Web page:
Avery Willis diagnosed with leukemia
    January 7 2010 by Bob Allen, Associated Baptist Press

    BELLA VISTA, Ark. — Avery Willis, a former Southern Baptist missionary and administrator best known as developer of the MasterLife discipleship materials used around the world, has been diagnosed with a rare form of leukemia.

    Willis, who retired in 2004 as senior vice president of the International Mission Board of the Southern Baptist Convention, said in a Jan. 6 prayer newsletter that a doctor told him he likely has one of two types of the disease. Depending on which type, he said, the average life expectancy after diagnosis ranges from six months to four years.

    Willis said doctors planned additional DNA testing on a bone-marrow biopsy taken the week before to determine whether to proceed with treatment for chronic monocytic leukemia or the more problematic chronic myelomonocytic leukemia.

    Avery and Shirley Willis reside in retirement in Bella Vista, Ark.

    Willis, who lives with his wife, Shirley, in Bella Vista, Ark., now works as executive director of the International Orality Network, a partnership of mission organizations using oral methods to evangelize and disciple the roughly 70 percent of the world’s population that is functionally illiterate.

    An Arkansas native, Willis served as a missionary in Indonesia for 14 years before returning to the United States in 1978. While serving as president of the Indonesia Baptist Seminary, he created an intensive small-group discipleship study process named MasterLife.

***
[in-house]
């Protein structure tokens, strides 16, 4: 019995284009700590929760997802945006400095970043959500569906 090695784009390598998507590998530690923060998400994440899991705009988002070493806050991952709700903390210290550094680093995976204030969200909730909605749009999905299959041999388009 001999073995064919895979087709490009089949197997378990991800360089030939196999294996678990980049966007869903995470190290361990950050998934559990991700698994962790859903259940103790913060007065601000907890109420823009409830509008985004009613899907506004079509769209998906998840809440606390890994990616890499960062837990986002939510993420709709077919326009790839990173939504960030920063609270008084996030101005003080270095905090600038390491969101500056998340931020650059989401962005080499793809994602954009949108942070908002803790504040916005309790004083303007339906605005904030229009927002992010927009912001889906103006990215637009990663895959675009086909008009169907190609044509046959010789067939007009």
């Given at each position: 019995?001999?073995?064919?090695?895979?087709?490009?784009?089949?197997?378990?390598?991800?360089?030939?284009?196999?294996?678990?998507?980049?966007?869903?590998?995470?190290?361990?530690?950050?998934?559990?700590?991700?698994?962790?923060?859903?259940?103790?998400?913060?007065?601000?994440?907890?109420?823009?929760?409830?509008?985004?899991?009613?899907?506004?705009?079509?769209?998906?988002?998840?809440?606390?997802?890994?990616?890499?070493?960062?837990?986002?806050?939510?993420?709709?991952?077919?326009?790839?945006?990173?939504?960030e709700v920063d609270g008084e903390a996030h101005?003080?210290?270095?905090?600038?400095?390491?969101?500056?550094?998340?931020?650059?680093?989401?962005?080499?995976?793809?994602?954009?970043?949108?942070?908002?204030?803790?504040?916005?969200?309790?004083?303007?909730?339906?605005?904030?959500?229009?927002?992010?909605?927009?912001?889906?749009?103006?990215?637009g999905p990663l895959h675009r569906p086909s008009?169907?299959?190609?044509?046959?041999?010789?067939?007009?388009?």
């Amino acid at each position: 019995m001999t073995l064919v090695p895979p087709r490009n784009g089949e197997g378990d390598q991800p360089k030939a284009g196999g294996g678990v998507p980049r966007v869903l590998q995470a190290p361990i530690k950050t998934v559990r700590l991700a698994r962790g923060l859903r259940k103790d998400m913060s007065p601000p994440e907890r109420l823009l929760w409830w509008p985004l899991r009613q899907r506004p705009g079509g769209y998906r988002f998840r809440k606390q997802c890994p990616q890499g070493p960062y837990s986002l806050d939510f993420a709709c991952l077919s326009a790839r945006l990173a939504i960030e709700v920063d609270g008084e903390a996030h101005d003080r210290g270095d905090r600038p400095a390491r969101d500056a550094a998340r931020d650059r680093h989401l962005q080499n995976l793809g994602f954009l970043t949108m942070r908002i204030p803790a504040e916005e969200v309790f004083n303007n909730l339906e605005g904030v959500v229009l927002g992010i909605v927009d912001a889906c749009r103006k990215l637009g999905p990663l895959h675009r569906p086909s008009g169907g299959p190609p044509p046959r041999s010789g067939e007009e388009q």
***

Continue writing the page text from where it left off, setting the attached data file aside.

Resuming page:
During 15 years he worked as head of adult-discipleship programs for what is now known as LifeWay Christian Resources of the SBC, MasterLife became a staple of Sunday-night and midweek study groups in Southern Baptist churches.

    It also was translated into 50 languages and used in 100 countries around the world.

    In 2008 Willis was one of six candidates nominated as president of the Southern Baptist Convention in an election won on the first ballot by current SBC President Johnny Hunt. Hunt himself is scheduled soon to undergo surgery for prostate cancer.

    Willis recently was invited to give input to a Great Commission Task Force appointed last June by Hunt to study ways to make the SBC’s church-planting and missionary efforts more effective. Willis said his doctors have been trying for six months to discover what caused a low white-blood-cell count that spiked to 10 times what it should be. In his regular January 2010 prayer letter, he reported excruciating pain in the hips that had been going on for three weeks.

    He is seeking admission to M. D. Anderson Cancer Center in Houston for treatment. Willis asked supporters to pray for his healing if that is God’s will, and for a successor at the International Orality Network and other causes with which he is involved.

    “In the midst of your concern for me I want you to compare my situation with the 4 billion oral learners who haven’t heard and don’t understood the Words of Life,” he concluded. “At least 1.5 billion people have never heard of Jesus. They are the ones who need our attention and prayers.”

    (EDITOR’S NOTE — Allen is senior writer for Associated Baptist Press.)
    1/7/2010 10:27:00 AM by Bob Allen, Associated Baptist Press | with 0 comments

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